I’ll save a special mention for those who are enamored with methods that claim prediction. These would be things like wave theory, T theory, Gann theory, astrological methods, all of which are magnetically attractive to beginning traders, because like most of the trading related scams they promise to save you from emotional pain by predicting the future.  It is unhelpful and a waste of time to examine these methods and try and convince you they are incorrect (there is a germ of truth in all of them surrounded by a ball of shit). From a system design perspective you are not looking for a prediction but simply a low risk idea. Suppose my belief is that “Wave theory tells me where the market is going next” I might answer 1) This belief came from a period when I was beginning and trading badly losing money, and wave theory promised to stem the flow out of my account 2) It gets me into looking for long opportunities in impulsive movements 3) It makes me hesitant to take trades that are against the wave count which I believe. It means that I go long periods being out of sync with the markets which is very frustrating. Also wave theory is highly subjective and it makes my methods dependent on how well I am trading at this present moment and difficult to mechanize or automate. This is the perfect example of a belief  we can reframe or eliminate. You might reframe the belief into “I believe wave theory can identify low risk opportunities at potential inflection points without predicting prices” (It can). Or you might decide to discard the belief, if you are emotionally unsuitable for discretionary trading wave theory is a weight around your neck that will drown you.

I’ll single out one belief that is the perfect example of an unhelpful belief which needs to be reframed before proper system development can take place. iBergamot was talking in the comment section about his theory that the components of the Dow and other indexes are manipulated inherently by survivorship bias to make in effect a ponzi scheme driving the market up. The truth or otherwise of this belief is TOTALLY IRRELEVANT. The important thing is “Is this belief helpful for trading”? This is the perfect example of a belief which exists just to make you feel smart, better, more in control of what is happening – when for trading well you want to feel humble and comfortable having no control and imperfect information. If you feel strong resistance to letting go of beliefs then that is a key indicator that there is a problem. Unhealthy beliefs, when you ask them to justify themselves, feel internally as though you are a 5 year old refusing to eat his broccoli “NO NO NO I WONT EAT IT! I WILL KEEP SUBSCRIBING TO THAT NEWSLETTER”. Helpful beliefs about the markets do not have the character where you feel like you have to defend them or prove them right.

Let me give you a personal example.

Belief  “I believe the Krastins patterns are a tradeable edge”. 1) This came from Ivan, who mentored me for a long time. 2) It gives me an effective toolbox with which to build systems 3) It gets me out of looking for entries which are different to these patterns, ie limit entries (since all Ivan’s entries are on a stop or stoplimit). I decided to reframe the belief into “I believe the Krastins patterns work very well in some market phases” which is a more helpful belief for me. Also, seeing how my core beliefs also kept me out of certain strategies is helpful. Ivan’s setups always wait until the market is moving in your favor, but in rangebound markets this leads you to buying the highs of a trading range and selling the lows.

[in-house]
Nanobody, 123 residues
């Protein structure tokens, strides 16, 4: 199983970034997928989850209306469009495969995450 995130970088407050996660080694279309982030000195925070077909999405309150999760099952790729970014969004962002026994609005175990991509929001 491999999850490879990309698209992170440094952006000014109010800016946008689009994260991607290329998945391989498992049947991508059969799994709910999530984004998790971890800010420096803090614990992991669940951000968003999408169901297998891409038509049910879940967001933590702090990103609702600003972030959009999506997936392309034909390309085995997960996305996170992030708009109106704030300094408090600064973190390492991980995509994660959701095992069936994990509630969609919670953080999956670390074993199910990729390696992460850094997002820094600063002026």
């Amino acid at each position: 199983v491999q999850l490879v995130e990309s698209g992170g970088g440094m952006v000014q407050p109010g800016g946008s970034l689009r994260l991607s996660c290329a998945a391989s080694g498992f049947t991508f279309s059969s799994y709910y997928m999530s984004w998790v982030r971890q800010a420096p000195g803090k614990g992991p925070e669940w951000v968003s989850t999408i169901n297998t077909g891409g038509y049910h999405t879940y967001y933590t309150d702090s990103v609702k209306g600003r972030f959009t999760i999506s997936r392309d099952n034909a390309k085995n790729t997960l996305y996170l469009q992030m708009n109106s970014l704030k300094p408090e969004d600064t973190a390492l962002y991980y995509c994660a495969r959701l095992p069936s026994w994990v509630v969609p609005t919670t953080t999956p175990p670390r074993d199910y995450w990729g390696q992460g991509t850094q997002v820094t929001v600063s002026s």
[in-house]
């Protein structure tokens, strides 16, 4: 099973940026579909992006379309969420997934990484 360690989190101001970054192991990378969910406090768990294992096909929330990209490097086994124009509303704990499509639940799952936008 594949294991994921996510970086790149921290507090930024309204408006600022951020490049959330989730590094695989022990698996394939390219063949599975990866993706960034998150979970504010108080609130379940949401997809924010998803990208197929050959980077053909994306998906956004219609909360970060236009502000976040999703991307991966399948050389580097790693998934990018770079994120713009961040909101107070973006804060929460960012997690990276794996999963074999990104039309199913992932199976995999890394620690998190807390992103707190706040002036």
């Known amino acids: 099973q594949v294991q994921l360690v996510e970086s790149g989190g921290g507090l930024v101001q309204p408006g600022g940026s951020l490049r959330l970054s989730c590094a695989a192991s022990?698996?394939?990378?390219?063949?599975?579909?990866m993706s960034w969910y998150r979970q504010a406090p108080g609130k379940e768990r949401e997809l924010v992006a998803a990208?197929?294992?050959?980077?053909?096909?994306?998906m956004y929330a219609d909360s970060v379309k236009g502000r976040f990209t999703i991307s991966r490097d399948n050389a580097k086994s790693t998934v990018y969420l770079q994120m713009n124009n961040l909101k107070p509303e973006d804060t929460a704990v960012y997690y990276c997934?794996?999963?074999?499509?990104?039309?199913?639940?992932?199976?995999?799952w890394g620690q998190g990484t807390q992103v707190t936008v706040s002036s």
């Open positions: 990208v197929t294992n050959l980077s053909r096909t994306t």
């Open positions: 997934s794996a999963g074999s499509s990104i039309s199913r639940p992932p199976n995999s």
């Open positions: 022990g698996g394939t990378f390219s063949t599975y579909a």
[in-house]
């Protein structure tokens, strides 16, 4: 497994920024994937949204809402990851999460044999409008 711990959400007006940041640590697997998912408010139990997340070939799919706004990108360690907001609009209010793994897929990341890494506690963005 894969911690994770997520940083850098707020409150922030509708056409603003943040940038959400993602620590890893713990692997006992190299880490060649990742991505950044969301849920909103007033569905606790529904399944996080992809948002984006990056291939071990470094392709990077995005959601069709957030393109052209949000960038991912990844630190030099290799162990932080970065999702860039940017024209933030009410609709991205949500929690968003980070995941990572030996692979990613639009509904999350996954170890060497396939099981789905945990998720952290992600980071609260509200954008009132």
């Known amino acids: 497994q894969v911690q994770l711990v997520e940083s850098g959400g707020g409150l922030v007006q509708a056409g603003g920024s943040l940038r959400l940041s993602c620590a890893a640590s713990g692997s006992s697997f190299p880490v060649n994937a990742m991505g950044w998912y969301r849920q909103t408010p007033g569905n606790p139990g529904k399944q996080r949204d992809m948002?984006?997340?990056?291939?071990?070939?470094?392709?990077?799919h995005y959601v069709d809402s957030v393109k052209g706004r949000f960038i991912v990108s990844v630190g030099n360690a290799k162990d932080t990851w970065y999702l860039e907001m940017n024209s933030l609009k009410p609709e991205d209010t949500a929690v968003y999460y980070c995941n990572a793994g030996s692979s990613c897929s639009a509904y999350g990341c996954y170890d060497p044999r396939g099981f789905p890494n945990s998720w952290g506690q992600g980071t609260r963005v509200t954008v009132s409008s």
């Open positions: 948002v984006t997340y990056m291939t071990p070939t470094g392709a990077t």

Some of you may have adopted Mole’s market lens or his systems because you assume his is better than what you could come up with. Deep examination of where this came from will reveal that some of you don’t believe at a core level that you can build a high quality trading system. That needs to get cut out of you like a tumor before you proceed. It is highly unlikely you can build a system or trade someone else’s without close examination of this stuff.

So how do we go about fixing these unhelpful beliefs?

For a start it is unhelpful to call a belief wrong, and better to call it unhelpful, since all beliefs have origins in logic for our subconscious. For example if I am operating my trading account out of fear it makes perfect sense to have a guru to tell me what to buy and what to sell and where. Logical, but a deeper examination will reveal that if the belief is borne of fear and not acceptance (it could be either) it is being driven by our subconscious ego, which is never the right emotional place to trade from, and never the right way to build our trading systems.

The bottom line is that reasons borne of fear or greed or other base level emotions are childish reasons for doing anything. “I don’t like Janet Yellen because the Fed is evil” is really a childish thing to say or think. “They are bad” is a roundabout way of saying “I’m good” which reflects deep seated low self esteem and emotional insecurity. Virtually all traders who identify as “bears” have this crippled self esteem and in many cases sabotage their accounts as though their lives depended on it, because deep down their sense of worth is only “born to lose”.

There are various ways to modify or eliminate a belief depending on how deep or embedded it is. Sometimes all that is necessary is to articulate it on a written down piece of paper, and explicitly deciding to change that belief. An “out loud” or “written” commitment to change this may or may not help. This will probably be more effective if you take a few minutes to calm yourself, and notice the physical sensations going through your body. This is how I do it, which is a Vipassana Meditation which is highly effective, and I believe more effective for insight meditation than breath watching methods.

Get comfortable. You can recline on a couch, sit in a favorite chair, or if you are particularly excitable lie down with a pillow. The only requirement is don’t get sleepy.